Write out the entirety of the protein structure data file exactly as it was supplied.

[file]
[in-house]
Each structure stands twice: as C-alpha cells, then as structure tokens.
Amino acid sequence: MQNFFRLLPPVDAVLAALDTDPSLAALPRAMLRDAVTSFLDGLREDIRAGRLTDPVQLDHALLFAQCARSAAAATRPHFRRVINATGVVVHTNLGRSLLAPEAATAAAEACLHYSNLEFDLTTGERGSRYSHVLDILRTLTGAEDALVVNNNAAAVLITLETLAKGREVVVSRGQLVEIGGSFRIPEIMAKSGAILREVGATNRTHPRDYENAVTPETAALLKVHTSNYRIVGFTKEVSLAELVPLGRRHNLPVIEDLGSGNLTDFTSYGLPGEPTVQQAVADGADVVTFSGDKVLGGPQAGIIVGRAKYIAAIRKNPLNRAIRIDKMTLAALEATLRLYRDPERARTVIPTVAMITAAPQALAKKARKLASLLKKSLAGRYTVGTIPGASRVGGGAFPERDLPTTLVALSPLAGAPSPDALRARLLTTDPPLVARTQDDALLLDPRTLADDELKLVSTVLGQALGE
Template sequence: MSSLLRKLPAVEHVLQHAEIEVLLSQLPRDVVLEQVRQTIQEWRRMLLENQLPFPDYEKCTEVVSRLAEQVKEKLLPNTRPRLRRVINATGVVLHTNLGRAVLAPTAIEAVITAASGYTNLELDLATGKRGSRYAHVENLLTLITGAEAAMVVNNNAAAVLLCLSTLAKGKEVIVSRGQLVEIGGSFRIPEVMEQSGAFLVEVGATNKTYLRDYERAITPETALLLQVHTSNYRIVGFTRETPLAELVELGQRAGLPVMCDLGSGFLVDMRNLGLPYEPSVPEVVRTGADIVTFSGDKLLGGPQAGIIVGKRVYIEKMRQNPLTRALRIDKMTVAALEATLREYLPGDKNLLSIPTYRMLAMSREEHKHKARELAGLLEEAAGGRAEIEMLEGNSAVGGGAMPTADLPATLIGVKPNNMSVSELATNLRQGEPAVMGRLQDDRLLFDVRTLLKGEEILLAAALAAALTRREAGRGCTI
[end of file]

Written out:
[in-house]
Each structure stands twice: as C-alpha cells, then as structure tokens.
Amino acid sequence: MQNFFRLLPPVDAVLAALDTDPSLAALPRAMLRDAVTSFLDGLREDIRAGRLTDPVQLDHALLFAQCARSAAAATRPHFRRVINATGVVVHTNLGRSLLAPEAATAAAEACLHYSNLEFDLTTGERGSRYSHVLDILRTLTGAEDALVVNNNAAAVLITLETLAKGREVVVSRGQLVEIGGSFRIPEIMAKSGAILREVGATNRTHPRDYENAVTPETAALLKVHTSNYRIVGFTKEVSLAELVPLGRRHNLPVIEDLGSGNLTDFTSYGLPGEPTVQQAVADGADVVTFSGDKVLGGPQAGIIVGRAKYIAAIRKNPLNRAIRIDKMTLAALEATLRLYRDPERARTVIPTVAMITAAPQALAKKARKLASLLKKSLAGRYTVGTIPGASRVGGGAFPERDLPTTLVALSPLAGAPSPDALRARLLTTDPPLVARTQDDALLLDPRTLADDELKLVSTVLGQALGE
Template sequence: MSSLLRKLPAVEHVLQHAEIEVLLSQLPRDVVLEQVRQTIQEWRRMLLENQLPFPDYEKCTEVVSRLAEQVKEKLLPNTRPRLRRVINATGVVLHTNLGRAVLAPTAIEAVITAASGYTNLELDLATGKRGSRYAHVENLLTLITGAEAAMVVNNNAAAVLLCLSTLAKGKEVIVSRGQLVEIGGSFRIPEVMEQSGAFLVEVGATNKTYLRDYERAITPETALLLQVHTSNYRIVGFTRETPLAELVELGQRAGLPVMCDLGSGFLVDMRNLGLPYEPSVPEVVRTGADIVTFSGDKLLGGPQAGIIVGKRVYIEKMRQNPLTRALRIDKMTVAALEATLREYLPGDKNLLSIPTYRMLAMSREEHKHKARELAGLLEEAAGGRAEIEMLEGNSAVGGGAMPTADLPATLIGVKPNNMSVSELATNLRQGEPAVMGRLQDDRLLFDVRTLLKGEEILLAAALAAALTRREAGRGCTI